It just seemed outrageous. Data plans were so expensive and at the time the majority were on voice plans. How could a modern product not ship with at least twenty languages supported from day one? What about people that don't have a desktop PC or Mac that would want to use a product like this? No one sane would ignore the enterprise market. Then to add seeming insult to injury it was missing countless features that conventional wisdom demanded to be in any product. 3G network support, cut-copy-paste, MMS messaging, video recording, front facing camera and video calls.

It was just mind bending. If Apple had decided to just give the product to the existing players they would have rejected it for not fitting any portfolio. There was just a single product with essentially one hardware version and one software version. Surely more had to be coming? Even personalisation was brutally limited in the first version to just selecting a different image on the lock screen. The ringtone could be changed, but only to one of a handful of built in tones that Apple supplied. Until a software update late in 2007 you could not even change the one single standard tone for new messages.

But what became clear as time went on was that many of these so called weaknesses were strengths. Like an early arthropod climbing out of the water to live on land. This product was going to carve out a secure niche before going on to eat everyone else's lunch. I plan to come back to how these so called limitations as important design learnings can be taken form them. But I want to finish on a different revelation around the user experience.

Who knows what experience your customers are having?

It slowly dawned on me that this product had to of been created by a small team and uniquely they had created and controlled the experience everyone was getting. Let me explain. With a portfolio, variant and personalisation strategy it is simply impossible for the team responsible for the overall design of a phone to also be involved in every possible version. You have to divide up the work into separate teams. This is further compounded by the reality that most employees will run the default vanilla version of the software. They won't see all the different custom versions as you can only run one variant at a time on any device. It would be a full time job just managing multiple phones running multiple versions of the same software. So you have no idea how well some of these variants even work. Thus you get a double whammy of an experience that was not designed by the core team and as a company you have become ignorant of the experience customers are having with your own products.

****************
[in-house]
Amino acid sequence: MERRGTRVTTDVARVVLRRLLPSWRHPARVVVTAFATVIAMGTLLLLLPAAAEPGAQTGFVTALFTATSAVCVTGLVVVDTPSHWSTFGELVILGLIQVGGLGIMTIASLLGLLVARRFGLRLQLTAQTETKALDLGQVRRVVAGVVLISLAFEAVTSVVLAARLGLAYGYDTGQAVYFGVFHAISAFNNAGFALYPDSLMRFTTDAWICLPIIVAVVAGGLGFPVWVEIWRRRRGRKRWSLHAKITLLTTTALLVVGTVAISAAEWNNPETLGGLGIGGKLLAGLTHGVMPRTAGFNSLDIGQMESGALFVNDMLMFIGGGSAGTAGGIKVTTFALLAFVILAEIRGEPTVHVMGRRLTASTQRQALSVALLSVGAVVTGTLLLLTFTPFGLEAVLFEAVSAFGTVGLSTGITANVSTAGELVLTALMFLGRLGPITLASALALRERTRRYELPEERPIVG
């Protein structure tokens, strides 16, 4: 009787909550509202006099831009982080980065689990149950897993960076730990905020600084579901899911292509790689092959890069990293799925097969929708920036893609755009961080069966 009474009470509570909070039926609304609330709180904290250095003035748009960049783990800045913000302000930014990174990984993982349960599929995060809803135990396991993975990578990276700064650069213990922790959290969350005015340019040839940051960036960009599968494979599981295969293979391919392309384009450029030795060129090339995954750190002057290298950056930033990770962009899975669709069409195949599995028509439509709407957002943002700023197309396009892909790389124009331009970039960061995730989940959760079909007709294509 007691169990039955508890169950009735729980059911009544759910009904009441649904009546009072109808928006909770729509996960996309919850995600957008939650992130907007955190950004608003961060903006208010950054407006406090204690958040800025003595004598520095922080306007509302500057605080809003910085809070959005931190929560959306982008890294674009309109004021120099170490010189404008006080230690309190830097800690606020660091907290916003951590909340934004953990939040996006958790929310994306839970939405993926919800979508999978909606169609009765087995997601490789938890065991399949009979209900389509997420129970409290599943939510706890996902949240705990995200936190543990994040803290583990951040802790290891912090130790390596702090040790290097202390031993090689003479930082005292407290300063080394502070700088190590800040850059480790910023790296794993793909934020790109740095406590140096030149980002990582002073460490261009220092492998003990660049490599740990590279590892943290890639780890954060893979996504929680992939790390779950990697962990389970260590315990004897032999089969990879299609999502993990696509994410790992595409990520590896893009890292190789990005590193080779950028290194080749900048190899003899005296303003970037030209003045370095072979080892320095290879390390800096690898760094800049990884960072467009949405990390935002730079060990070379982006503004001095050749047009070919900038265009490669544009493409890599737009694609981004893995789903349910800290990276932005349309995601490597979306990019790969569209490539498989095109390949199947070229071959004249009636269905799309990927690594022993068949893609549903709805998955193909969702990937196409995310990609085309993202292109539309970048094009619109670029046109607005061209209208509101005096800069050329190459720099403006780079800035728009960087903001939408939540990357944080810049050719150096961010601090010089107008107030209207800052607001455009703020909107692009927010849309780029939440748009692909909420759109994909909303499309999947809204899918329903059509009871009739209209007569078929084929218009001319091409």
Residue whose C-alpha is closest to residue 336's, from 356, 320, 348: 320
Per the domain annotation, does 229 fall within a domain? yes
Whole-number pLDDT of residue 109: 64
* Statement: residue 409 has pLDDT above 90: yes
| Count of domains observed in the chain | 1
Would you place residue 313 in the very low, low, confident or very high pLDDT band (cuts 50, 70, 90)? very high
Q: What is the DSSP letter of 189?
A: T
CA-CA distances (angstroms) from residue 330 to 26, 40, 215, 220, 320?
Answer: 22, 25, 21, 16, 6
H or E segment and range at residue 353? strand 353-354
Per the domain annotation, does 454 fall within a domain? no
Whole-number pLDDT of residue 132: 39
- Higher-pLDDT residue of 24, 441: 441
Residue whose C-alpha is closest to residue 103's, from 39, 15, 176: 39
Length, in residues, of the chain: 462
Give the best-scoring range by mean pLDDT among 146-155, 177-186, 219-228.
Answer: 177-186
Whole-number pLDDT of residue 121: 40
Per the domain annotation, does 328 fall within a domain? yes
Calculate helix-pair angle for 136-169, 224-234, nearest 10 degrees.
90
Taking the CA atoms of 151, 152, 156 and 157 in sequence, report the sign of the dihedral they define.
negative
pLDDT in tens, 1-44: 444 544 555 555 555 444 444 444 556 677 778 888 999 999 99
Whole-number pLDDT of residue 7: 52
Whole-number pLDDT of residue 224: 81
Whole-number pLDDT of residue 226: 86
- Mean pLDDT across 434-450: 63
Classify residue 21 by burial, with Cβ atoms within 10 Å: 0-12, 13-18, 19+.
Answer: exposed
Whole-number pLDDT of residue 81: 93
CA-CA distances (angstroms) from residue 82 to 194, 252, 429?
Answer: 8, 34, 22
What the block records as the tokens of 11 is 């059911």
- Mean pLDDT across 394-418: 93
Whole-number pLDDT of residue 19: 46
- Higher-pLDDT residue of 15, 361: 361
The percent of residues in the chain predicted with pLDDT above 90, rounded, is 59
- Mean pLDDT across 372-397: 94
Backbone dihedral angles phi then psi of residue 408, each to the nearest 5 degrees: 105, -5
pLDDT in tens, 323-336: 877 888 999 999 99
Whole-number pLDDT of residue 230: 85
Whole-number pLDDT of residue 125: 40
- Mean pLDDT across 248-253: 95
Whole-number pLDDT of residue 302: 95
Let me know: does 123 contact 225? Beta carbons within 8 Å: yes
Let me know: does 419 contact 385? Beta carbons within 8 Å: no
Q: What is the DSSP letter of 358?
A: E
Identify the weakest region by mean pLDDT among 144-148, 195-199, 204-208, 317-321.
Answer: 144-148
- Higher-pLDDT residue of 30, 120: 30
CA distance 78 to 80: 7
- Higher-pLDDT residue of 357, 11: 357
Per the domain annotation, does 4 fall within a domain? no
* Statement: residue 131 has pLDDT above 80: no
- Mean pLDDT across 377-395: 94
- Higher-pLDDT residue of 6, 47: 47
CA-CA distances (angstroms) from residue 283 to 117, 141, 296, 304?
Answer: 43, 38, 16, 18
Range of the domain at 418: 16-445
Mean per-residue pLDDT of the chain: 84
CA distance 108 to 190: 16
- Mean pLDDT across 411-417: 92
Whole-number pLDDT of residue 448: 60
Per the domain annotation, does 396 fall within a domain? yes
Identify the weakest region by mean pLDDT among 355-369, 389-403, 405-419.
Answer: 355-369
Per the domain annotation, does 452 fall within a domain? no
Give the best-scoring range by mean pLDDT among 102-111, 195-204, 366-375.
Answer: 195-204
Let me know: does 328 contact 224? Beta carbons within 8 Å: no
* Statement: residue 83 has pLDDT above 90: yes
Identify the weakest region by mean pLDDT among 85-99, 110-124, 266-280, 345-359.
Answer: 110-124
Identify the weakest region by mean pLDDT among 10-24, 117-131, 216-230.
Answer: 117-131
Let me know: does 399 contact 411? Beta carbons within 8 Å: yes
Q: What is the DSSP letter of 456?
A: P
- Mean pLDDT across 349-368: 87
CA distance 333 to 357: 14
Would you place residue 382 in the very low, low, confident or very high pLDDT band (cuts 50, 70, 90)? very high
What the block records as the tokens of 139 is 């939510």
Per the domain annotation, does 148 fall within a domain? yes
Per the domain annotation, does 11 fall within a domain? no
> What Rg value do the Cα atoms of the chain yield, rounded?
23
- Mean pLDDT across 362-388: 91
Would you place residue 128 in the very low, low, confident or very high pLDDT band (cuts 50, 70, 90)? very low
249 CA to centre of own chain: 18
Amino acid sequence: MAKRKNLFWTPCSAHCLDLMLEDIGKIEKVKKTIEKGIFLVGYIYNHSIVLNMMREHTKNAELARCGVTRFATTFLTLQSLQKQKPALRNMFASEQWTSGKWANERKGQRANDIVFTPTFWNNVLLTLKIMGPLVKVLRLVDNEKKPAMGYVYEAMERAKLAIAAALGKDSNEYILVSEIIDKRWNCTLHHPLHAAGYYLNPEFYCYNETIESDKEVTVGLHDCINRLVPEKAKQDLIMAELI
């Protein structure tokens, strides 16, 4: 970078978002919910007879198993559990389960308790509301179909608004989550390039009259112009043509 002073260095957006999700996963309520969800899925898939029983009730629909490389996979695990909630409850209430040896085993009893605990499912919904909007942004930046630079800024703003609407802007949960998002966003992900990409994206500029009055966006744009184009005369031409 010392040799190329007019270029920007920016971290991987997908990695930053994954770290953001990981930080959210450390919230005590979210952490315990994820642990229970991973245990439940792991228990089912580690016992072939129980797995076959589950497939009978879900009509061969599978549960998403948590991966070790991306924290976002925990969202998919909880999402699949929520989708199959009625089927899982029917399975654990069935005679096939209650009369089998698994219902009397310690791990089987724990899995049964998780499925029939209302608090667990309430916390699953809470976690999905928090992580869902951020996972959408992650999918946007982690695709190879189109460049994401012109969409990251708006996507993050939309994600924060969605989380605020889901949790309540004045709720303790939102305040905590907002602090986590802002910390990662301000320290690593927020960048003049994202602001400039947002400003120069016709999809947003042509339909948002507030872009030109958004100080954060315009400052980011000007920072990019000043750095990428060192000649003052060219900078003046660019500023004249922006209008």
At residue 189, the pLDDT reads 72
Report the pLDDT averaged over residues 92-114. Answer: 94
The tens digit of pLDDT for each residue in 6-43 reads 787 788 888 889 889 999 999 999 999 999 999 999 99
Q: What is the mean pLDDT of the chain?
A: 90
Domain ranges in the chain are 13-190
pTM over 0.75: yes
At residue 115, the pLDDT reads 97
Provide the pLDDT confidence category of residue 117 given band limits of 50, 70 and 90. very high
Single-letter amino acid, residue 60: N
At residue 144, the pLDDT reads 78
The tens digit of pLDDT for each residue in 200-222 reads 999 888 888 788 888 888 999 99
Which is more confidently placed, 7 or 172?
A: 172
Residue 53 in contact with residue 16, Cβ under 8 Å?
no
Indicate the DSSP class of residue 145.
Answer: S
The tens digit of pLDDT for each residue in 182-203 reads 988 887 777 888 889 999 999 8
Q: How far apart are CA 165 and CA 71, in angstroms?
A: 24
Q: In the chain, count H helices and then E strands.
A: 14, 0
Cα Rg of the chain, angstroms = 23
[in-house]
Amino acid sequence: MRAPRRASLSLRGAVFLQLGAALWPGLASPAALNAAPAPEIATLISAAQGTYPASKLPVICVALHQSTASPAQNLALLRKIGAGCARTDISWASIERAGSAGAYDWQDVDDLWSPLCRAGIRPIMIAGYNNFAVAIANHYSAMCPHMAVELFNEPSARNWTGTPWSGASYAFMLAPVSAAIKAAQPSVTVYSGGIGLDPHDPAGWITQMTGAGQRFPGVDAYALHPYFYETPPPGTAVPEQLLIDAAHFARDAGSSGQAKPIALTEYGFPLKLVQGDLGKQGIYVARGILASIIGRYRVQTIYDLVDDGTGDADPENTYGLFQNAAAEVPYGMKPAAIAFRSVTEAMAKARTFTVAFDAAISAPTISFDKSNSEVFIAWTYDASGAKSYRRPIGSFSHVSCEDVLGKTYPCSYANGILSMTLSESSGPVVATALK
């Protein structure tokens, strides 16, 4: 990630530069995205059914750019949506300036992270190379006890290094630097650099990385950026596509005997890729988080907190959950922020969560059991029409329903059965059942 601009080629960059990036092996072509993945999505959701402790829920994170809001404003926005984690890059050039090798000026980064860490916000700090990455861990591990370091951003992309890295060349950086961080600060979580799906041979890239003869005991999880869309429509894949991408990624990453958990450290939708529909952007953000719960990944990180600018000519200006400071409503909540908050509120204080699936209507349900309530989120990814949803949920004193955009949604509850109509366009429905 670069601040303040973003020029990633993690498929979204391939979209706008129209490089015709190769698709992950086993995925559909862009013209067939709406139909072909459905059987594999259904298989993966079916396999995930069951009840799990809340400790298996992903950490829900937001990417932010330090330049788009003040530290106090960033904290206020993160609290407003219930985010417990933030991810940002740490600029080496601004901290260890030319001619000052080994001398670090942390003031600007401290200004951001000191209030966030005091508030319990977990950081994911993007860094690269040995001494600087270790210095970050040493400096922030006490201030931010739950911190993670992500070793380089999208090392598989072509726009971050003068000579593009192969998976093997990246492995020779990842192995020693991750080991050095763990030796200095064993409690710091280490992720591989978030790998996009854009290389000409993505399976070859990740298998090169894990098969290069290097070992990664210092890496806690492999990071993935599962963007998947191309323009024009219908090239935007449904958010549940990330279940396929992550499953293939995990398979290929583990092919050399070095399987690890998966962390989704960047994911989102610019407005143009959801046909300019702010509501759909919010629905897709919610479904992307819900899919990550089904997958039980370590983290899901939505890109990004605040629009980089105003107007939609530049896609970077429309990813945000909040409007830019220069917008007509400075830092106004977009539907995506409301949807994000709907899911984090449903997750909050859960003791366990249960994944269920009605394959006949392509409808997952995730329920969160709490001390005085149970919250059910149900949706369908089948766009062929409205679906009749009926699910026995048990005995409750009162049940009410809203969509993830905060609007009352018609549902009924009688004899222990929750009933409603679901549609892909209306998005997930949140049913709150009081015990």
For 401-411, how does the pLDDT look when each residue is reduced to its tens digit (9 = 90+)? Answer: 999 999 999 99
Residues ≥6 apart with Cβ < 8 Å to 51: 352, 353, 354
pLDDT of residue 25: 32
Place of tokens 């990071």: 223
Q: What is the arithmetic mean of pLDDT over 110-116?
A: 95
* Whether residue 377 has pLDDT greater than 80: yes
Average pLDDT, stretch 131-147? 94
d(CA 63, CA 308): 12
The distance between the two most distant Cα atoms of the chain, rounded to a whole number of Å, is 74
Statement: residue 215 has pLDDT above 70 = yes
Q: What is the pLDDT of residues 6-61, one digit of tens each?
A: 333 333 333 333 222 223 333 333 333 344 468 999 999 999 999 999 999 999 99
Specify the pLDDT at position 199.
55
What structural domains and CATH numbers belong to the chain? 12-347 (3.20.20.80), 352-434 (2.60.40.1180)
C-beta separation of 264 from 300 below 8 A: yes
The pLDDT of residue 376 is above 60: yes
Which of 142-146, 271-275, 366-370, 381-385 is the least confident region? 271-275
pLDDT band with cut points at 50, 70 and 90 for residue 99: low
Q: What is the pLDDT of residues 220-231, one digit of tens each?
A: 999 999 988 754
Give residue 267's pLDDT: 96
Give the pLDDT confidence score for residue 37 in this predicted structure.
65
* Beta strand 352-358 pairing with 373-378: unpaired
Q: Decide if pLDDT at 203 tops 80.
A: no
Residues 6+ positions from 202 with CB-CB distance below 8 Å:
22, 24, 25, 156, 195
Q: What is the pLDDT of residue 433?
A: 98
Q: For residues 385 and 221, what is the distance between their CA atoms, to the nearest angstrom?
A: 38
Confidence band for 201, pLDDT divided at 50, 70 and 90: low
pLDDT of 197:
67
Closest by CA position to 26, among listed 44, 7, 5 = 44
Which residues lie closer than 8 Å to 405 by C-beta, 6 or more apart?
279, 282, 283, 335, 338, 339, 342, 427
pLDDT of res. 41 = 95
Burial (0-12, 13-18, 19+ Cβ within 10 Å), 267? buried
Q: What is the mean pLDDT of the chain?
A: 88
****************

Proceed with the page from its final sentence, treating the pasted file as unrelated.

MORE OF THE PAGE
Although few people probably know every aspect of the iPhone inside out, it is possible to achieve this knowledge. As well as knowing this knowledge relates to all the other iPhone users out there. After all they are all running the same software on the same hardware. From a design perspective it is then crystal clear who is accountable for the user experience and it is trivial to get the same experience yourself.

But could the iPhone still be an iPhone and support a portfolio? It was pondering on this that lead to seeing how focused on being a single product the iPhone actually was. Something so different to products of the time and interestingly still unique to this day. But more on that will have to wait for a future post.